The main achievements of MeDALL include (1) the description of the inter-relationships between asthma, rhinitis and eczema and comorbidity [12], with these phenotypes being defined according to MeDALL-agreed, expert-based definitions and (2) the classification of these entities into novel phenotypes by means of unsupervised cluster analysis. A major MeDALL effort has been a harmonized follow-up of all the participating birth cohorts [11,13], with this follow-up and historical databases being integrated in knowledge-based management. The latter also integrates the results of the experimental work packages which used samples from the birth cohorts. The characterization of IgE and IgG responses in children from birth to adolescence is being performed with the MeDALL chip which contains more than 170 allergens [14]. This analysis holds great promise for the identification of the components predictive of disease severity or prognosis [15]. To further understand the mechanisms explaining the distribution of allergic diseases from birth to adolescence, MeDALL is performing epigenetic, proteomic and transcriptomic studies on the birth cohort samples. Initial findings in the discovery-based phase are currently being replicated in a large number of samples. Analytical strategies to integrate the different omics studies are being explored. To complement mechanistic experimental studies on children, MeDALL has included in vitro studies and in vivo animal studies. Relevant ethical and societal issues on allergic diseases are being internationally debated within MeDALL. Ultimately aiming to improve the health of European citizens, MeDALL includes a translational work package to reinforce its impact.

Public Health Policy in Norway

The public health policy in Norway is determined by the Public Health Act and the Public Health Report which are updated every 2 years (e.g. 2013 and 2015) [16] and include several principles of public health:

• Health equities which arise for the societal conditions in which people are born, grow, live and age. Levelling up the gradient of health inequities throughout society by acting on social determinants of health is a core public objective in order to distribute fairly limited resources.

• Health in all policies: equitable health systems are important to public health, but health inequities arise from societal factors beyond health care. The impact on health should be considered when policies and actions are developed and implemented in all sectors.

• Joined-up governance and inter-sectoral actions are vital for the reduction of health inequities.

• Sustainable development meets the needs of the present without compromising the ability of future generations to meet their own needs. Public health work is based on a long-term perspective.

• Precautionary principles need to be enforced if an action or policy has a suspected risk of causing harm to the public or the environment. The absence of scientific consensus that the action is harmful cannot justify postponing action to prevent such harm.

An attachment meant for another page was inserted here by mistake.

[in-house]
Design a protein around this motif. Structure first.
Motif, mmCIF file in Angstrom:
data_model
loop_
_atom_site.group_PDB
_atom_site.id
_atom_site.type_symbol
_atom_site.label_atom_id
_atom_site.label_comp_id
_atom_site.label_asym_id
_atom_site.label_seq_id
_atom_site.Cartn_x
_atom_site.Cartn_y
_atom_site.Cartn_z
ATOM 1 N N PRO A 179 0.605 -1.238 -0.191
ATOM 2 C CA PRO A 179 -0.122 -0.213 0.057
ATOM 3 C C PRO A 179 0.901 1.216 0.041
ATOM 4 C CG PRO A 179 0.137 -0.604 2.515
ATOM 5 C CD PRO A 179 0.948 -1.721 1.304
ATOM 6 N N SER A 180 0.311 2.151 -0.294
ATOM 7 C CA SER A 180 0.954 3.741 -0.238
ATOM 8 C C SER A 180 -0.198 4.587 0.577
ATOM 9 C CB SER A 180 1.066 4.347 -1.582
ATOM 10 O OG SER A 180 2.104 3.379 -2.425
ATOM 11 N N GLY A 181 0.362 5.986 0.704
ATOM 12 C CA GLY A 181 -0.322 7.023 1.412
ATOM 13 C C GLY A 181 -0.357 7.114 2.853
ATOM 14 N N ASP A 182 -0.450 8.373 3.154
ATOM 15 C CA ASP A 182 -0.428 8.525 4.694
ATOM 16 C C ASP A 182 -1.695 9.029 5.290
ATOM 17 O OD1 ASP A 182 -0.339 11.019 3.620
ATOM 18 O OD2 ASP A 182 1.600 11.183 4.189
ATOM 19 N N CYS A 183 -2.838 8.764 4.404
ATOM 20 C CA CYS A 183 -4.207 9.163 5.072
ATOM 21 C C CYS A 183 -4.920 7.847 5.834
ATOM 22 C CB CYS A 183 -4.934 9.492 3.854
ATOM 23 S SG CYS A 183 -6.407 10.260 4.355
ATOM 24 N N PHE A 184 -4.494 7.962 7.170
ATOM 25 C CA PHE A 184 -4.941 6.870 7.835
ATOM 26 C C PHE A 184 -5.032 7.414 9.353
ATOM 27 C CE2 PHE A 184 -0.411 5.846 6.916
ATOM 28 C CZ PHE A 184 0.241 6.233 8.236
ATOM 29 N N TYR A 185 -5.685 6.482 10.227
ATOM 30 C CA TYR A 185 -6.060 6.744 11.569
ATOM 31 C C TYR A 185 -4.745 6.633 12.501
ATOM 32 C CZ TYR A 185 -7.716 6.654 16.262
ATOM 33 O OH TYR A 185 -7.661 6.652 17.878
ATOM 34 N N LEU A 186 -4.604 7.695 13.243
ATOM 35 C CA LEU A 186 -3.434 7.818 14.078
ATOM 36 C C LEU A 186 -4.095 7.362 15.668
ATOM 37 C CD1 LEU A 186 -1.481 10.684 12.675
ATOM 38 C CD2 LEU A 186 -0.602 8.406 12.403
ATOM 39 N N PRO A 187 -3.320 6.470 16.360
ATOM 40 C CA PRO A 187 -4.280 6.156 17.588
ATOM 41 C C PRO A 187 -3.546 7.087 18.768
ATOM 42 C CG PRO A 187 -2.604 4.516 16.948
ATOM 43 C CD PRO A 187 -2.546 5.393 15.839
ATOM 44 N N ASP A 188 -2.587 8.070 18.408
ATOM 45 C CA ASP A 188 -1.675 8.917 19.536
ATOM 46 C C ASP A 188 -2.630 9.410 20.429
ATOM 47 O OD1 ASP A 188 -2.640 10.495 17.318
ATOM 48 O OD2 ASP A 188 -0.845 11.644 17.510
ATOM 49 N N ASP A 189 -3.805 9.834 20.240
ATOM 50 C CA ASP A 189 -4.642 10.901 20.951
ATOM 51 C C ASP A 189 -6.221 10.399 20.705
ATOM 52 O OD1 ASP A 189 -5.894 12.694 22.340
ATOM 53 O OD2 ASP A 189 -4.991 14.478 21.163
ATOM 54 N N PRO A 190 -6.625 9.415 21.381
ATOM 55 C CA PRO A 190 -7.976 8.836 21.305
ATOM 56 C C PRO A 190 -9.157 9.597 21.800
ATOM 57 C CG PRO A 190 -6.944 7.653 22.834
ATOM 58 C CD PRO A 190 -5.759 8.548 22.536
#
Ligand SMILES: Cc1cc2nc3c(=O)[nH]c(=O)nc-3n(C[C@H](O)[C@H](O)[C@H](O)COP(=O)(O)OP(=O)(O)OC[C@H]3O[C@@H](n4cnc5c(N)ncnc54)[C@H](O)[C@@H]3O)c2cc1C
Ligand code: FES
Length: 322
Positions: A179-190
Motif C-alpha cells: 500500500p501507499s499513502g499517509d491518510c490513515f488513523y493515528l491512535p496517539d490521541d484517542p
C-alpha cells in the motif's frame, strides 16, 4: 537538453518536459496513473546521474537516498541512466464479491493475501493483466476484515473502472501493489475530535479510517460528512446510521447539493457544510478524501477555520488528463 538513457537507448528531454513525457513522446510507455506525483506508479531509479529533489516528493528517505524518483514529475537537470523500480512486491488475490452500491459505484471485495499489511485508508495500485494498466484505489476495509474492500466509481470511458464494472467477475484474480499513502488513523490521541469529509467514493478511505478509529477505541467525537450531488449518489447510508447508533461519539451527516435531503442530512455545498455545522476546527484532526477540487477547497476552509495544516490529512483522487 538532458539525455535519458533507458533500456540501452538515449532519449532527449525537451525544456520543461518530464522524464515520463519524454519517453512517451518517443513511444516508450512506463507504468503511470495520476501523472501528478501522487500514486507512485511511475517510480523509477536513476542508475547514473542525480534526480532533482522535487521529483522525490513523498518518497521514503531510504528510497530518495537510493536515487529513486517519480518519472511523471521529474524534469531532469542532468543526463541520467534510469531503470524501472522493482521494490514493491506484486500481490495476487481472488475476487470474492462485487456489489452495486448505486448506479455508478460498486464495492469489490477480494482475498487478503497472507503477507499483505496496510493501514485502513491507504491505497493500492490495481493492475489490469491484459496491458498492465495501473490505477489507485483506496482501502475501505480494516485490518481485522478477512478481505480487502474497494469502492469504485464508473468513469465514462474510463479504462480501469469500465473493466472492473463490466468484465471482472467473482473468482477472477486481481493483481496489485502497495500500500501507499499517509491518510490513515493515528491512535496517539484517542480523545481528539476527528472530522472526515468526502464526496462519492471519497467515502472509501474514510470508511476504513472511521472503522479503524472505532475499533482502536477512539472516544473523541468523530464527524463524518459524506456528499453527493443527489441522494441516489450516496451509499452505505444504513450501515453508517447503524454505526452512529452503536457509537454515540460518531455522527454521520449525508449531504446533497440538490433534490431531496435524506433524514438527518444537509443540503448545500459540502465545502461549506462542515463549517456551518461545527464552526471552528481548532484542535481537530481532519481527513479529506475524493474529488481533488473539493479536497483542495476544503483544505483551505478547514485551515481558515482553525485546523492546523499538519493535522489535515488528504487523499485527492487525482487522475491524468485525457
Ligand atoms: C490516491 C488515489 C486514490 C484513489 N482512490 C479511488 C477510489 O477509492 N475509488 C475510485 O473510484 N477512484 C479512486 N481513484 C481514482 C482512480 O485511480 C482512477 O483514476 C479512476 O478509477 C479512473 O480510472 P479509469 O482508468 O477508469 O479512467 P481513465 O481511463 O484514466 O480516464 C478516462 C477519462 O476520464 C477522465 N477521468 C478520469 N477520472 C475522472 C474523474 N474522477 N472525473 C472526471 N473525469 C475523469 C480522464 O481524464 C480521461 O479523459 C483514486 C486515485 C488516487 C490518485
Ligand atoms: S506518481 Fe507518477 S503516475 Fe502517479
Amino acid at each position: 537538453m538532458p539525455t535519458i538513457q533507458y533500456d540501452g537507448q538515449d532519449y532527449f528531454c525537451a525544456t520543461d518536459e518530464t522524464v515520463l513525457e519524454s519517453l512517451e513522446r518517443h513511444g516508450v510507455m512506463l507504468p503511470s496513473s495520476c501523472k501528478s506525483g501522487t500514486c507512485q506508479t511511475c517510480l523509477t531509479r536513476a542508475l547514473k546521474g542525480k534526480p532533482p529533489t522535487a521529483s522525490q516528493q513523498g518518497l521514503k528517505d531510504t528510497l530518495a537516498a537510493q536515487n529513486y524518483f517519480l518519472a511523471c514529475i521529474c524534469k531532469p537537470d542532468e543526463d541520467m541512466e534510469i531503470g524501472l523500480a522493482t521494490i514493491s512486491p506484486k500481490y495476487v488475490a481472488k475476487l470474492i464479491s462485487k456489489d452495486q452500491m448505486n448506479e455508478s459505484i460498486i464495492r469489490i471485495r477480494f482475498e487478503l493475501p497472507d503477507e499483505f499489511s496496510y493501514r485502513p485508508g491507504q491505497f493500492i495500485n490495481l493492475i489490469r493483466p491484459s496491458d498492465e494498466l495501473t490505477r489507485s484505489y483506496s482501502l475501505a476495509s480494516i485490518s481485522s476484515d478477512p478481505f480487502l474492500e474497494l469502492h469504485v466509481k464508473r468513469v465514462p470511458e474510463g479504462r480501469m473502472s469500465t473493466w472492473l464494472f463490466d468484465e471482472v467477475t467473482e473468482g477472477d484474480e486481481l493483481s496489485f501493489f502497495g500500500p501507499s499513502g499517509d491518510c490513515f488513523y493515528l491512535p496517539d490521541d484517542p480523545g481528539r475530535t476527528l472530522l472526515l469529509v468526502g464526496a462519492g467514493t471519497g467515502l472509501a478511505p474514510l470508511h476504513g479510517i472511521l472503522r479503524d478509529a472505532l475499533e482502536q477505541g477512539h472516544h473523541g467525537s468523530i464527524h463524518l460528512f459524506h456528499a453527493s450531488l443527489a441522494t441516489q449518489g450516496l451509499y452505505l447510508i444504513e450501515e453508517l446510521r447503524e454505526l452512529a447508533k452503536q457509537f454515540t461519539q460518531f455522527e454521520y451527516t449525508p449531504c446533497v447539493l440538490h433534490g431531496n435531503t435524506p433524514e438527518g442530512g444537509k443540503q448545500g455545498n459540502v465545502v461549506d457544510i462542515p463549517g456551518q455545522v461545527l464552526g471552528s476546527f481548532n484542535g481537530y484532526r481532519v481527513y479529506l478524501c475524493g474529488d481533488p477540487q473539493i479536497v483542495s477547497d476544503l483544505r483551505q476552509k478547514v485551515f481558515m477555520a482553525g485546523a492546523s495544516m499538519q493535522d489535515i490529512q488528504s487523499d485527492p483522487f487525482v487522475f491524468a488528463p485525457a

• Participation: public health work should be transparent and inclusive of process with participation by multiple stakeholders. The promotion of civil society participation is a key factor for good public health policy development.

The Public Health Report has stratified the responsibilities to local (municipality), regional (county) and national levels. Municipalities and counties are key stakeholders, but the responsibility to support them on a national level is clear. The responsibility of public health work has been moved from the Health Services sector to the municipalities. A regulation passed in June 28, 2012, emphasized that municipalities are to have a continuous overview of the health status of their populations and the determinants of health. They are to define public health challenges and strategies as well as implementing measures to fulfil these.

Local health reports, available to the public and updated once every 4 years, are collected by the Public Health Institute. Annual systematic planning with the municipalities proposes concrete goals and adjusts plans according to local challenges and opportunity structures. Measures should address social determinants (including housing, education, employment and income), social and physical environmental issues and health-related behaviours.

An evaluation of stated goals, strategies and efforts should be conducted for each planning period as part of the internal quality assessment. An annual review of all public health efforts should be undertaken by the elected municipal council (fig. 1).

Fig. 1

Systematic public health work.

http://www.karger.com/WebMaterial/ShowPic/345350

The Public Health Report has developed a National Burden of Disease Evaluation based on data obtained across the country, in order to (1) facilitate a more systematic use of public health economies and (2) develop performance targets and indicators to be able to monitor the objectives of the public health policy and present a white paper to Parliament every year (fig. 2). The 2013 Public Health Report took developing environments and communities, environment and active and healthy ageing into consideration.

Fig. 2

White paper.

http://www.karger.com/WebMaterial/ShowPic/345349

Rationale and First Results of the Finnish Allergy Plan

The asthma death epidemic of the 1980s has abated and, in most, but not all, European countries, death rates due to asthma (1,164 deaths in 2012) are quite low (European short list: cause of death statistics; source: www.gbe-bund.de). A similar trend of a reduction in hospitalisations due to asthma can be observed. Certain national plans such as the Finnish Asthma Plan (1994-2004) [17] have been found to be cost-effective but are insufficiently deployed, even in Europe. Thus, there are still many patients suffering from severe disease. An efficient strategy for the large-scale prevention of allergy and asthma has not yet been demonstrated as being effective or feasible. However, there is sufficient evidence to support changes in habits that have the potential to be effective at a low cost and with a low risk of harm.